• Lower confidence in leadership: If change is implemented without communication it will leave a legacy of dwindling confidence in leadership capabilities as staff flounder in uncertainty.
  • Company objectives are less likely to be achieved: As disillusionment and lack of confidence grow, people become less focused and productivity levels drop.

The fundamental benefits that an organisation can realise from the implementation of good change management procedures are the converse of these risks:

  • Rapid achievement of goals and objectives

  • Seamless transition

  • Early increase in performance

  • Motivated, positive staff

  • Retention of the right staff

  • Continued development and increasing performance

Steps to Change Management
Prepare: every organisation needs to be 100% prepared for all facets of the
change.

Blueprint: organisations have to build their own equivalent of a ‘blueprint’ before embarking on the change. This can be adapted (and ideally measured) over time, to ensure that it enables clear agreement between all people involved in the project.

Realisation: this involves the organisation coming to terms with the changing environment and identifying and implementing the necessary procedures to do this. Factors such as the cultural set-up of the organisation, how it will adapt to change and how individuals will react to it are all important at this stage.

Final preparation: this looks at the communication procedures that are necessary when implementing an organisational change, the training that is required and the final preparation of the organisation for the change.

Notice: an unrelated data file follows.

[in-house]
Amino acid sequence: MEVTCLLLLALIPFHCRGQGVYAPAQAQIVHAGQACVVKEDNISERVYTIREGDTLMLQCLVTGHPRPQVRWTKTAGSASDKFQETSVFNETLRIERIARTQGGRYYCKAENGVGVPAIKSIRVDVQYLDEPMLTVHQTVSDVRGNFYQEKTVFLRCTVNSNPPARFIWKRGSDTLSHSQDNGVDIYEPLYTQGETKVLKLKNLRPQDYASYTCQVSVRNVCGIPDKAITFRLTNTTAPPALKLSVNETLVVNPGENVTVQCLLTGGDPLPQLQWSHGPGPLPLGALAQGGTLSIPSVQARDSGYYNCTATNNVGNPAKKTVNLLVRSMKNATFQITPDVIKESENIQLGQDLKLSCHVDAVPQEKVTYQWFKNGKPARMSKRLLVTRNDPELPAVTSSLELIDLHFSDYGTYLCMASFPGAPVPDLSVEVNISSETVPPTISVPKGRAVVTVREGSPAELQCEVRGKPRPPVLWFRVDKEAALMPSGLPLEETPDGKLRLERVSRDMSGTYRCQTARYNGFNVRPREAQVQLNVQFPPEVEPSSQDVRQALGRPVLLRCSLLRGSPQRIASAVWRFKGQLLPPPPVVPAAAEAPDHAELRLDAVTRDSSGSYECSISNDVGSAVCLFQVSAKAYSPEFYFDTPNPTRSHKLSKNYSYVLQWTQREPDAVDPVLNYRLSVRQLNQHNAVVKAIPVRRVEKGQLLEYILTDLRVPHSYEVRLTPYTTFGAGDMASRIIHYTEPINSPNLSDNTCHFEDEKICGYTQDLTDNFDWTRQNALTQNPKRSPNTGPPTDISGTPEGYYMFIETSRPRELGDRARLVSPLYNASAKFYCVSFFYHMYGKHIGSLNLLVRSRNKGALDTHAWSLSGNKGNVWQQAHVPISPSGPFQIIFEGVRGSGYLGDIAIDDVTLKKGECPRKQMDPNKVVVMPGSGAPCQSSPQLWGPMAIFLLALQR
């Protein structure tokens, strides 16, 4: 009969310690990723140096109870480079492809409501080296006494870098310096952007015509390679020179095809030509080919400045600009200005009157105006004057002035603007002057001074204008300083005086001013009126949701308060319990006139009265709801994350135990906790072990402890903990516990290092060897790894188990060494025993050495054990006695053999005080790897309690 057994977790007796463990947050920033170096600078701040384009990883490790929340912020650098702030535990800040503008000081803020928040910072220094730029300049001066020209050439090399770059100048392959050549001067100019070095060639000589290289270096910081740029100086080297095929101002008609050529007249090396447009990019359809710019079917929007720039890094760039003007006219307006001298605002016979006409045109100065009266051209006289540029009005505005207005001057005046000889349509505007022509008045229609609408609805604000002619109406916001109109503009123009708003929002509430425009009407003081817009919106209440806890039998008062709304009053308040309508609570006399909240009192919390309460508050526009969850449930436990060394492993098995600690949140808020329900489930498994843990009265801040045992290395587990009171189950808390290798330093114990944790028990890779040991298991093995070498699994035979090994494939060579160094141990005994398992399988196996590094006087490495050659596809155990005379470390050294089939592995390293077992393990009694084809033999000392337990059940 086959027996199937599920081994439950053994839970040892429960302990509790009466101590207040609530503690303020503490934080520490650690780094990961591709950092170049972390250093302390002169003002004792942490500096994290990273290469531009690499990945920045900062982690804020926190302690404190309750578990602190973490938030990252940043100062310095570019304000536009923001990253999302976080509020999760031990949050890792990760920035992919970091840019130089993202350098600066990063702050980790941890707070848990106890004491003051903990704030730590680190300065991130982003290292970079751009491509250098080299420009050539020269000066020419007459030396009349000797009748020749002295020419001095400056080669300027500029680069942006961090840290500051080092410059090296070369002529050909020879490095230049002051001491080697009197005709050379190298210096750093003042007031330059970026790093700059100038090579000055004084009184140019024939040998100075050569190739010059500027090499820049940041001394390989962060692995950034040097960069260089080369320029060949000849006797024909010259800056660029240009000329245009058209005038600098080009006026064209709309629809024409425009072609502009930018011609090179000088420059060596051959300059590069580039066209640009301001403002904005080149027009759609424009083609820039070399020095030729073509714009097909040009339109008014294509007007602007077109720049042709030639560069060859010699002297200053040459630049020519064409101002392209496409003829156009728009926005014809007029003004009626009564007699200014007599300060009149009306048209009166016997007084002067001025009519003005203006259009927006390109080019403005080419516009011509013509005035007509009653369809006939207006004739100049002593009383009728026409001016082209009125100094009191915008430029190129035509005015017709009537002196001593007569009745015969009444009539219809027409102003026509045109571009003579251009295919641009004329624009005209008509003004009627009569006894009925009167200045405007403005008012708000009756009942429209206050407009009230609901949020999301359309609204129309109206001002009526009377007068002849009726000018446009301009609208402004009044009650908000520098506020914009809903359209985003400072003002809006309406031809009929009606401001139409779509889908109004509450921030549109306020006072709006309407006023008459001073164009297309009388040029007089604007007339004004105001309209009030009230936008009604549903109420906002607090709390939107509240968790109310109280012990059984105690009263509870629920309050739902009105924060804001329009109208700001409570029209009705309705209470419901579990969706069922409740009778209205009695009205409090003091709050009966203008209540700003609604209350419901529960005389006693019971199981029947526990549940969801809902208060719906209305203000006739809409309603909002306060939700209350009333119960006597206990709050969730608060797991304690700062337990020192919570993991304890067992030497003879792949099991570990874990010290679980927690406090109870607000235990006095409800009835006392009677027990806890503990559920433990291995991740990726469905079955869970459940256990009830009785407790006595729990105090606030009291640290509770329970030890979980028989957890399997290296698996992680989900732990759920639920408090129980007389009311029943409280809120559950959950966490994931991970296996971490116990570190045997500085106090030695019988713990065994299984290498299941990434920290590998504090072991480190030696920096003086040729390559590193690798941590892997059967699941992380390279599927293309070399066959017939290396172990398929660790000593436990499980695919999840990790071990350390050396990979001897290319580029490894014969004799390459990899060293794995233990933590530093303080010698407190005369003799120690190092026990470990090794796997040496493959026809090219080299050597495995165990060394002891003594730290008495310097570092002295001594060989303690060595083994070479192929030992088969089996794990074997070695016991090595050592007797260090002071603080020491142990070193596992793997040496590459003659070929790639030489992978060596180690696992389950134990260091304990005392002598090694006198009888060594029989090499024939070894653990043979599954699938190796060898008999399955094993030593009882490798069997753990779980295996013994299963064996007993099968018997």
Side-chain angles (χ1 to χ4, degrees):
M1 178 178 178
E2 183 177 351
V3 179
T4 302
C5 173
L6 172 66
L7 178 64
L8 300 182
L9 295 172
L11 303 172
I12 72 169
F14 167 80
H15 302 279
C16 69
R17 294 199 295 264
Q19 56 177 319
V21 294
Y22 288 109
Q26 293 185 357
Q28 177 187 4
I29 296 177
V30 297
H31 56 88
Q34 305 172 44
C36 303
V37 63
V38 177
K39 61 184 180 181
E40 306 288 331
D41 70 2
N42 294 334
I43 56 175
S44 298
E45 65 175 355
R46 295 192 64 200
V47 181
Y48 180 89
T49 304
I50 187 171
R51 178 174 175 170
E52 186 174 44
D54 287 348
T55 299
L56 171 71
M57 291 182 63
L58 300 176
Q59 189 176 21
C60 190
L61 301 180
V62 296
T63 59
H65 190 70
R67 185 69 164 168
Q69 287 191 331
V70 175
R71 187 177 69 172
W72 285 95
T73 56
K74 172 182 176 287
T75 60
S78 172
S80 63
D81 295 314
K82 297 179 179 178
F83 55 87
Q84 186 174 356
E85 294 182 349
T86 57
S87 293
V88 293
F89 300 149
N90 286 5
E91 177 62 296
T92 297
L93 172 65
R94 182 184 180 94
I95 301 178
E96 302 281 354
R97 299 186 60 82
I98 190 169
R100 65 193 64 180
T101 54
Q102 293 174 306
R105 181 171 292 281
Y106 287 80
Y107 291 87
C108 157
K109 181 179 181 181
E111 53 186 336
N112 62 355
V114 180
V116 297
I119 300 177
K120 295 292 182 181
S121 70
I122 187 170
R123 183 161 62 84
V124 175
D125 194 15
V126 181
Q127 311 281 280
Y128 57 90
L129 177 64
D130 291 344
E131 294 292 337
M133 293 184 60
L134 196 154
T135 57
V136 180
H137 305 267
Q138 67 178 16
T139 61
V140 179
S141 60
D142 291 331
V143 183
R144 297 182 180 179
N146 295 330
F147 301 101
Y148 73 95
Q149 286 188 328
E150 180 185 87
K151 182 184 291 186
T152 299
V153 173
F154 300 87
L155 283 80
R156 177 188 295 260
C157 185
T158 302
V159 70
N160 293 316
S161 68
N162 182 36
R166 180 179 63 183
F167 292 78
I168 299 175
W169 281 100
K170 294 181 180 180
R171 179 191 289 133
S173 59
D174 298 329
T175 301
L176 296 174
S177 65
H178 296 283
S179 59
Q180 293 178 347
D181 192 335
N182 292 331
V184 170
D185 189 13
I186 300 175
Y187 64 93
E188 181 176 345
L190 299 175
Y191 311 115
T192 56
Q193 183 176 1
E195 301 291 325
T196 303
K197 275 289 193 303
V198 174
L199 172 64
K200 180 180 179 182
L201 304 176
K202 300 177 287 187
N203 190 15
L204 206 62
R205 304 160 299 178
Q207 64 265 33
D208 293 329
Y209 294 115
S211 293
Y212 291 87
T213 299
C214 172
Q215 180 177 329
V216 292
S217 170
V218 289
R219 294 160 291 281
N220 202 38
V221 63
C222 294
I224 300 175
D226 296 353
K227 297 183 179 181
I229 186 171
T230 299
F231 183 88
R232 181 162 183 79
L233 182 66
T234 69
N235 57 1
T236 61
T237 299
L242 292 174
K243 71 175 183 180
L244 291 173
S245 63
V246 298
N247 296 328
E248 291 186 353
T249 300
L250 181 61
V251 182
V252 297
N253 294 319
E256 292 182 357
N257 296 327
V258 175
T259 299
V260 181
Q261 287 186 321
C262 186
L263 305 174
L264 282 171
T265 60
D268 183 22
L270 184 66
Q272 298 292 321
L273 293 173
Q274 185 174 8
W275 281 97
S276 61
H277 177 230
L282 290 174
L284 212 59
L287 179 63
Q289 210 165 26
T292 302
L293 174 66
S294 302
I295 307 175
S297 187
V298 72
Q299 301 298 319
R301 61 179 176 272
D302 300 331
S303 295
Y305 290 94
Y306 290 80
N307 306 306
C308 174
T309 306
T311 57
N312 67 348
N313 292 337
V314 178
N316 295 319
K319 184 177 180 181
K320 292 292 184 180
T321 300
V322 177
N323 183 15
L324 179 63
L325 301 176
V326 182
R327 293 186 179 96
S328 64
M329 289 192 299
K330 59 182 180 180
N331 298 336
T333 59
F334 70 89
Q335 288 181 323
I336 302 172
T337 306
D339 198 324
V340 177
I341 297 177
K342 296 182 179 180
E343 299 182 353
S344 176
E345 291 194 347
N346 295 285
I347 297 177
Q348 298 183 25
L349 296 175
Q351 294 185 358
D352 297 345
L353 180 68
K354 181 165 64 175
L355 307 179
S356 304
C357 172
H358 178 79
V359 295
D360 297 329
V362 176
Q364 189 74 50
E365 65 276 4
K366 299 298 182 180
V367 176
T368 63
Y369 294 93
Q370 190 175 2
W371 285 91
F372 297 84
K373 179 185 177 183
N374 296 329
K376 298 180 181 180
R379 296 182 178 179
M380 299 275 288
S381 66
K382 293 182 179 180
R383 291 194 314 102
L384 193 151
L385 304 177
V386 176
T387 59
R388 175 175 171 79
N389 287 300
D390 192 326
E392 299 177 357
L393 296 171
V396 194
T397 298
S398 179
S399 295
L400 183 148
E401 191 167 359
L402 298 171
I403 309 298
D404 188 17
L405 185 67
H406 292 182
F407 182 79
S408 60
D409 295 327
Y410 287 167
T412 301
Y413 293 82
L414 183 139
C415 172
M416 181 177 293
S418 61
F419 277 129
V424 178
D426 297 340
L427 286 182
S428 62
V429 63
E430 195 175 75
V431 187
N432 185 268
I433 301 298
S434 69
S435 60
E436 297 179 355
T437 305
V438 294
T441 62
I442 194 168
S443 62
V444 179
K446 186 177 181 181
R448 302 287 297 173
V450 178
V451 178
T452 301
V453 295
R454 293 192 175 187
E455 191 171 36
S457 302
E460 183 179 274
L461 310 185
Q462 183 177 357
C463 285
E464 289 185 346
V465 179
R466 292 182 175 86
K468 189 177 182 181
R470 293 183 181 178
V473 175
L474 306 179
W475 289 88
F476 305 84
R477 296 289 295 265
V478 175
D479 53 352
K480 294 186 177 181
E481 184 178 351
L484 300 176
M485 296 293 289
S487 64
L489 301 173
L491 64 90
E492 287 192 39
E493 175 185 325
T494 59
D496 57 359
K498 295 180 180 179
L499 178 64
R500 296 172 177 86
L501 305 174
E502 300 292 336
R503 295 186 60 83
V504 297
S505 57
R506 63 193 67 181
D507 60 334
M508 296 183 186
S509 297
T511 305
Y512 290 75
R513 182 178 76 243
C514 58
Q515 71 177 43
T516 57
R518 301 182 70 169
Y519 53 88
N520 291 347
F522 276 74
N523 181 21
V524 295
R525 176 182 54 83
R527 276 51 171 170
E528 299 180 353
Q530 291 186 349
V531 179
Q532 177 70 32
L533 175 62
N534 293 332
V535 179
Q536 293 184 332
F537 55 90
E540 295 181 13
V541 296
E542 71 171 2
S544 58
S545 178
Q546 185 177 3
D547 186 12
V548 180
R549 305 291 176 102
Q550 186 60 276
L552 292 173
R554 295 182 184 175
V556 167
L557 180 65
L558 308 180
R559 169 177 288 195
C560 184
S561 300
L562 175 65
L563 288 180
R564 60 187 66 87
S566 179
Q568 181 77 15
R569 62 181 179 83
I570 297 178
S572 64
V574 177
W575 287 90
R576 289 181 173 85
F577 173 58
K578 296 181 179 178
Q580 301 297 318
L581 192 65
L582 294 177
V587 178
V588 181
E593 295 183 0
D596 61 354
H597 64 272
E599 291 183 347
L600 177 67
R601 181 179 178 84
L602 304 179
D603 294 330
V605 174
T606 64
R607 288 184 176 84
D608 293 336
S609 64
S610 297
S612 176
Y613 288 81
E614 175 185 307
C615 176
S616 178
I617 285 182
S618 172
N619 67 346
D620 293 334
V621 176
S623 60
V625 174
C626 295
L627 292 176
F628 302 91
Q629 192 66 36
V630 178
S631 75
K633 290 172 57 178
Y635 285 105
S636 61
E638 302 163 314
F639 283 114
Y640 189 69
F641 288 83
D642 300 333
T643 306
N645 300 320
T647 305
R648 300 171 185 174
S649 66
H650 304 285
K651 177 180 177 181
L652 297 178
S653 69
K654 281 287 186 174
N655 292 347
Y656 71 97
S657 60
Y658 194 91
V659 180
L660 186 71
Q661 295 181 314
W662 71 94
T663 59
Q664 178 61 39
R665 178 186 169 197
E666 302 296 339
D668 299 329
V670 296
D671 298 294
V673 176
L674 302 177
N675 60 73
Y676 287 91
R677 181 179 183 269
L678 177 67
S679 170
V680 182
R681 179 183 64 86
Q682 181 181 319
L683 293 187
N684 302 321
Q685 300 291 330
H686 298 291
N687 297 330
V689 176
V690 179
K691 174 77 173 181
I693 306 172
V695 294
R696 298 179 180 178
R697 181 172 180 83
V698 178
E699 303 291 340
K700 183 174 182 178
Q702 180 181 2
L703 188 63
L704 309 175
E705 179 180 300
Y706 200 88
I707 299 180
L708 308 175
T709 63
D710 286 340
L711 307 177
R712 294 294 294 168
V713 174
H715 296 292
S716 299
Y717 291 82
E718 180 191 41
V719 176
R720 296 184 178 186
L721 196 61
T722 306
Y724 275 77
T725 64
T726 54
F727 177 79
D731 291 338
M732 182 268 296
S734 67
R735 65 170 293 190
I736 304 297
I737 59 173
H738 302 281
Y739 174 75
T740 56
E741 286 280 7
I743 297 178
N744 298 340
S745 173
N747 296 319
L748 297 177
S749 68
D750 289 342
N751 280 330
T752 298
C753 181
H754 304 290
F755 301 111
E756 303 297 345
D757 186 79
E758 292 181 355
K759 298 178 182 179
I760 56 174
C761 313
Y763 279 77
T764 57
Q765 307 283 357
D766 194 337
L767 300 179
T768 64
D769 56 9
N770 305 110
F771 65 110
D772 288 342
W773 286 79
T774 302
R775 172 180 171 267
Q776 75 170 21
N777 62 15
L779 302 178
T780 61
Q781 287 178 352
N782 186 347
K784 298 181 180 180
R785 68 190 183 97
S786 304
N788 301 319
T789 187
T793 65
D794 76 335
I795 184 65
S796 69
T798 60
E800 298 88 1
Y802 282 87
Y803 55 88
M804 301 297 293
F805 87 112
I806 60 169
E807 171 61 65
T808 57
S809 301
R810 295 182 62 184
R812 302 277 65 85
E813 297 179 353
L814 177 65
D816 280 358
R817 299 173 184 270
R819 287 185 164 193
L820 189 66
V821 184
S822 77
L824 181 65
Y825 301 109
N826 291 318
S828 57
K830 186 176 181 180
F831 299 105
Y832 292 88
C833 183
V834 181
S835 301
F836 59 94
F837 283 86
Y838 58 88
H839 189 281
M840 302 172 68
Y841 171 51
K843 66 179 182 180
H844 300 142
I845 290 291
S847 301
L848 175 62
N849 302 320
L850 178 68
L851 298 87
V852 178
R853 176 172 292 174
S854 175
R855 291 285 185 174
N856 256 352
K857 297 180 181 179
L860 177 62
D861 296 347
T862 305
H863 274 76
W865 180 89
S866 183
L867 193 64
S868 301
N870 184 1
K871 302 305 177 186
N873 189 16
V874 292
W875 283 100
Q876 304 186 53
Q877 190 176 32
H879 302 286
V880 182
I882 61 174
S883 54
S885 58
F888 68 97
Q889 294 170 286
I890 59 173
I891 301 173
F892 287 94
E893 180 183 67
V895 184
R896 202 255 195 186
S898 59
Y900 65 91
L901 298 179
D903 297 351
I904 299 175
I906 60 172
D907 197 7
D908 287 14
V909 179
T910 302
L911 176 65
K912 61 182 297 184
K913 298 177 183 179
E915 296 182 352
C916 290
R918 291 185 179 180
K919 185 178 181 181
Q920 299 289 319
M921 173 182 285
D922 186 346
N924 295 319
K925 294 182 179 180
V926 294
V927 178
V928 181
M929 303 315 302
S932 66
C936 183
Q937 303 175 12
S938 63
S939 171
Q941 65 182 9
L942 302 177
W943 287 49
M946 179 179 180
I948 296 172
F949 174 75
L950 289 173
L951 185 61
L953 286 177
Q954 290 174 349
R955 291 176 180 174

If each stage is handled correctly and carefully integrated with overall project phases and processes, an organisation should be able to make change happen in the best way possible. The people in an organisation should never be underestimated.

If harnessed in the correct way and facilitated properly, the right people will ensure that an organisation sails seamlessly through changing times and the benefits of the project are fully realised. Change management ensures that change is for the better.


One Response

  1. Is it about management and control or emergent empowerment?
    I agree with the sentiments – organisations do need to be ready for the change, and usually aren’t.

    I have a sense from this and other writings that when the term ‘change management’ is used, or perhaps ‘steer through the change’ that there is a reasonable amount of difficulty, if not resistence that is expected. This suggests to me that the employees for one, and perhaps some other key stakeholder groups, are going to, because they have in the past, find it difficult to answer some key questions:

    * what is the team/organisation trying to achieve?
    * what is my role in this?
    * how will I know how I’m getting on?
    * what tools and help is available to me?
    * what’s in it for me?

    And specifically to do with change, the resistance, according to research by Bill Jensen (www.simplerwork.com), is not aimed at change per se, but it is at one or more of the following:

    * change without meaning or context
    * change without clear objectives or purpose
    * change without organisation & structure
    * a lack of raw materials, esp. information and systems, to help me (the employee) make the decisions as quickly and as easily as possible that lead to success.

    Having management and information & communication systems and cultures that align with the above questions means employees are more likely to see what is needed, and to do it. Result is less management, of change and resistance to it, and more focus on good results that all can share in.

    Tim’s article says much about the ‘what’ – the next step is the ‘how’ – I hope the above questions help move the debate in that direction.